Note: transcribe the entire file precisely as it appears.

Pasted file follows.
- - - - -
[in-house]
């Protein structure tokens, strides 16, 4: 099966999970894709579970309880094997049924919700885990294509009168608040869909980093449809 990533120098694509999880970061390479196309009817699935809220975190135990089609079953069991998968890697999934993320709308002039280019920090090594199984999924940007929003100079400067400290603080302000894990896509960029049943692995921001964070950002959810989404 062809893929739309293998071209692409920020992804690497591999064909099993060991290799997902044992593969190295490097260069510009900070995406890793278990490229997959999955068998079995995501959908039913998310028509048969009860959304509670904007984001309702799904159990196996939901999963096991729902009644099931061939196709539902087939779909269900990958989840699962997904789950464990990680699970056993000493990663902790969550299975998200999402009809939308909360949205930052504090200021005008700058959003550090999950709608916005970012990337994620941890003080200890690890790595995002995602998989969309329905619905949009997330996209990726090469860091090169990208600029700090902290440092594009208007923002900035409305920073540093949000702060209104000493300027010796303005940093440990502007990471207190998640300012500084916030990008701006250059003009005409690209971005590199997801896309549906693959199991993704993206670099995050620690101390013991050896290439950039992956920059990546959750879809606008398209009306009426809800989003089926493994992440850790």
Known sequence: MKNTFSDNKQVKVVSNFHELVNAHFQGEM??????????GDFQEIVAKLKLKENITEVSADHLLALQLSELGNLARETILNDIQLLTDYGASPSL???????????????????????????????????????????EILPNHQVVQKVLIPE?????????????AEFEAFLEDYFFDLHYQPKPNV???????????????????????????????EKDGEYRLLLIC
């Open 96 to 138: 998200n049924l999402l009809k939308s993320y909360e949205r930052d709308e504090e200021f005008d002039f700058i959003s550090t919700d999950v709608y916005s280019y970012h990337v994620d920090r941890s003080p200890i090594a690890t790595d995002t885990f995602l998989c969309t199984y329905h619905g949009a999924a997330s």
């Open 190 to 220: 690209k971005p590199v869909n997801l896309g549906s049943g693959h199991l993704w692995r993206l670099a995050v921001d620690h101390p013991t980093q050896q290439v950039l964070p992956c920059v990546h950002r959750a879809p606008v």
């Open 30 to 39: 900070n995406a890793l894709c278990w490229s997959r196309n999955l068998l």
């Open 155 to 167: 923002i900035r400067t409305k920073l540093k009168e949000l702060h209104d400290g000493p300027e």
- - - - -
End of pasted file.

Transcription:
[in-house]
């Protein structure tokens, strides 16, 4: 099966999970894709579970309880094997049924919700885990294509009168608040869909980093449809 990533120098694509999880970061390479196309009817699935809220975190135990089609079953069991998968890697999934993320709308002039280019920090090594199984999924940007929003100079400067400290603080302000894990896509960029049943692995921001964070950002959810989404 062809893929739309293998071209692409920020992804690497591999064909099993060991290799997902044992593969190295490097260069510009900070995406890793278990490229997959999955068998079995995501959908039913998310028509048969009860959304509670904007984001309702799904159990196996939901999963096991729902009644099931061939196709539902087939779909269900990958989840699962997904789950464990990680699970056993000493990663902790969550299975998200999402009809939308909360949205930052504090200021005008700058959003550090999950709608916005970012990337994620941890003080200890690890790595995002995602998989969309329905619905949009997330996209990726090469860091090169990208600029700090902290440092594009208007923002900035409305920073540093949000702060209104000493300027010796303005940093440990502007990471207190998640300012500084916030990008701006250059003009005409690209971005590199997801896309549906693959199991993704993206670099995050620690101390013991050896290439950039992956920059990546959750879809606008398209009306009426809800989003089926493994992440850790």
Known sequence: MKNTFSDNKQVKVVSNFHELVNAHFQGEM??????????GDFQEIVAKLKLKENITEVSADHLLALQLSELGNLARETILNDIQLLTDYGASPSL???????????????????????????????????????????EILPNHQVVQKVLIPE?????????????AEFEAFLEDYFFDLHYQPKPNV???????????????????????????????EKDGEYRLLLIC
């Open 96 to 138: 998200n049924l999402l009809k939308s993320y909360e949205r930052d709308e504090e200021f005008d002039f700058i959003s550090t919700d999950v709608y916005s280019y970012h990337v994620d920090r941890s003080p200890i090594a690890t790595d995002t885990f995602l998989c969309t199984y329905h619905g949009a999924a997330s």
């Open 190 to 220: 690209k971005p590199v869909n997801l896309g549906s049943g693959h199991l993704w692995r993206l670099a995050v921001d620690h101390p013991t980093q050896q290439v950039l964070p992956c920059v990546h950002r959750a879809p606008v």
């Open 30 to 39: 900070n995406a890793l894709c278990w490229s997959r196309n999955l068998l």
């Open 155 to 167: 923002i900035r400067t409305k920073l540093k009168e949000l702060h209104d400290g000493p300027e």